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We're looking at cutting costs in all departments, which of course, includes IT. There wasn't a whole lot of ideas other than auto-shutdown of all workstations at x-time and having low consumption power supplies.

I'm just wondering, are there any more IT specific ways to cut costs for the company (without sacrificing up-time and the like)?

If it helps to know the architecture: 4 servers (domain controller, exchange and 2 voip servers) 30 workstations

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4 Answers 4

up vote 7 down vote accepted

I'm in a similar boat. With a setup the size of yours, there's really not a lot you can do to reduce costs purely from an IT perspective. Sure you can turn machines off and save a couple bucks -- it's a good thing to do -- but it's not going to make a drastic difference. And you might be cautious when moving to low consumption power supplies, make sure to run the numbers.

Here are a couple of things you might look at:

  1. Software costs often outweigh physical costs. Make it a priority to examine open-source solutions when making a software buy. Perhaps you have ten of your thirty users / machines who really only need to do basic text processing. Eliminating ten Office Pro licenses from the budget and replacing them with Open Office and the like might be a good save. On the server side of things it's even easier because end users don't see it. I rely on Linux and various free software packages to do some of the behind the scenes grunt-work that would be considerably more costly if I had to license Windows Server (etc). IT-related tools are also a place where you can utilize free software (inventory management, network monitoring, etc). Free software can be a hard sell to management, however. On the back end side of things I "just do it" and announce later how much money I saved.

  2. Examine ways in which IT can "save" money by making others more productive. After all, that's sorta the whole point. You might find that the accounting department is taking three days to compile some report that you can find a way to automate and have done in thirty seconds. You might find that the company has a real problem with document management for which you can come up better solution (and here's another place to look at free software). Don't wait for non-technical people to ask you for a solution, be proactive. At every weekly management meeting I hear at least one thing that could be made more efficient if automated (I only get around to 1% of them, but it's important to listen).

  3. Examine ways in which you can communicate better with business partners. Perhaps an extranet would reduce support calls. (Again, you might use free software)

  4. Don't be afraid to negotiate with vendors a little bit. Of course we don't want to ruin our relationships with our go-to vendors, but it doesn't hurt to ask why they're charging a bit more than their competition for some product (even if you wouldn't buy from the competition). Now is the time to negotiate in general. Maybe call up your ISP and telco and express your concerns over their pricing. (Once I saved the company upwards of $30,000 per year because I happened to notice that our phone bill hadn't been renegotiated for nearly a decade...I wasn't looking into it specifically, I just happened to notice)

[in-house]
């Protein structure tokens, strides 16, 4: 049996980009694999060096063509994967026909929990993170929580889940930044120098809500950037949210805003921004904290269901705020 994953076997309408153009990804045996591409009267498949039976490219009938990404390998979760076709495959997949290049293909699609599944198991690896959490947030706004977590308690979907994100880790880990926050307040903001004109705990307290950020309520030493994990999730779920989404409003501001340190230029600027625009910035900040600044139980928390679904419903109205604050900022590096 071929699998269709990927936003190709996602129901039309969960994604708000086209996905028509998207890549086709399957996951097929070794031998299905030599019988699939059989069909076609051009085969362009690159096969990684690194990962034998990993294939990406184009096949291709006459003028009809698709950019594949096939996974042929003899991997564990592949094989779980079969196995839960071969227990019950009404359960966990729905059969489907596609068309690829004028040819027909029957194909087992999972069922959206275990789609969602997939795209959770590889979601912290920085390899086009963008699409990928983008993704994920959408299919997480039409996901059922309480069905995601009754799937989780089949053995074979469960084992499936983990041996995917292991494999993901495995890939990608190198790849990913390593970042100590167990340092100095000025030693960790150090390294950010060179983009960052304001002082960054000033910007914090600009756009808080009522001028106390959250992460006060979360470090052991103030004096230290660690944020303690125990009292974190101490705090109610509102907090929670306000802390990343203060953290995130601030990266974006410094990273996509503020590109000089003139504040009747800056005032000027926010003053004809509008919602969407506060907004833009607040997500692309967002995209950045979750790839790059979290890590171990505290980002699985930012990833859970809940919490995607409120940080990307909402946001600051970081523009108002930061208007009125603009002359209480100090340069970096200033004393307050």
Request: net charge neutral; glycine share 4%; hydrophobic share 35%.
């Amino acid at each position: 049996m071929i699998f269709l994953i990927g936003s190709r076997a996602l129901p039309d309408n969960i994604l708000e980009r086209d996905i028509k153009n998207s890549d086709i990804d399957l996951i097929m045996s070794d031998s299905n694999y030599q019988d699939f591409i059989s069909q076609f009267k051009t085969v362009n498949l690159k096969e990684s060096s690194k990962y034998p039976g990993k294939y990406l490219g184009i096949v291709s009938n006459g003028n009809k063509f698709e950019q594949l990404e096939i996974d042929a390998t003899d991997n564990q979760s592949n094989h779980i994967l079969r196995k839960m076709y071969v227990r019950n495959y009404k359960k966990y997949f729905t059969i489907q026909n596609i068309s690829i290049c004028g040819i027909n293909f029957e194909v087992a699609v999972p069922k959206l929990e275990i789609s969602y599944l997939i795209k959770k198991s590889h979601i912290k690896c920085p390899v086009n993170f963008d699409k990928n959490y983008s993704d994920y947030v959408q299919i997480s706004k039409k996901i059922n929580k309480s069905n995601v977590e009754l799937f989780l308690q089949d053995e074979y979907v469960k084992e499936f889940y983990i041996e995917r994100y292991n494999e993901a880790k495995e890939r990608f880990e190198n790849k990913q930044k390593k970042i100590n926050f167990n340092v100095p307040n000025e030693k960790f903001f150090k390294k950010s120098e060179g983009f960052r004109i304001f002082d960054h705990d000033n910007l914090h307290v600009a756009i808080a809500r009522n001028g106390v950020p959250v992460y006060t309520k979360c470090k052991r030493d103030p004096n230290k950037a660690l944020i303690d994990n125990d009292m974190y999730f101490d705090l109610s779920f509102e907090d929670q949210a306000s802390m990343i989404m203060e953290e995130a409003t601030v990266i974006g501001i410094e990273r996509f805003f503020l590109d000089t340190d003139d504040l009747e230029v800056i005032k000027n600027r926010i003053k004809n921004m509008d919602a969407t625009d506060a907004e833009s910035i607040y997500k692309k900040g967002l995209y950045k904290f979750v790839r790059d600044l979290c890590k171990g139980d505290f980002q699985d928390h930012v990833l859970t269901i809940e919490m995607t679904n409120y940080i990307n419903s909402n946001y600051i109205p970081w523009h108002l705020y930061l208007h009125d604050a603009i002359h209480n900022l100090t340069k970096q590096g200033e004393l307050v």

5. Examine the lifespan of your workstations. Are you turning them over every three years? Can you stretch that out to four? Five? Would it be worth it to spend a little more on a new machine if you believe it'll be maintainable for an additional two years? Again it's time to play with the numbers a bit. Sometimes a really cheap machine that only lasts a couple years will have a cheaper cost of ownership than a more expensive machine that lasts five -- but don't forget to factor in maintenance (i.e. it's easier to replace a failed video card if it's not built into the motherboard)

  6. If your company does a lot of printing, it might be wise to look into this area. You might eliminate desktop printers for a few inexpensive network printers. Start watching print numbers and encourage people to only print when necessary, and to use the appropriate device (e.g. the copier that is super cheap per page over the convenient but expensive inkjet). We're actually starting to enforce that people print to mailboxes on our copiers to reduce the amount of print jobs that don't get picked up...which happens an awful lot.

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Excellent, excellent answer. Thank you. Some of these things we're doing: OSS and Free software as well as laser instead of ink printers. I hadn't even considered negotiating with some of our vendors. We're also a pretty young company (3 years) so we haven't turned over many machines yet but I'll definitely look into that as well. –  SnOrfus Dec 2 '09 at 0:01

You are probably spending more on software licensing than anything, on a yearly basis. I would push your vendors hard to get the best pricing. Also, look at open source alternatives for office software. And depending on how many mail users you have, hosted exchange or even something like Google Apps for business could be a cost effective alternative. We have used all of these effectively. Another place to look is refurb equipment from someone like Dell, or even eBay.

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Our company has recently (very recently) got into virtualization as a way of saving money on hardware. If you have 7 services that only need 5 machines, why pay for 7?

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Might be worth checking out becoming a Microsoft Certified Partner as you will be entitled to some internal licencing which comes as part of your partner status.

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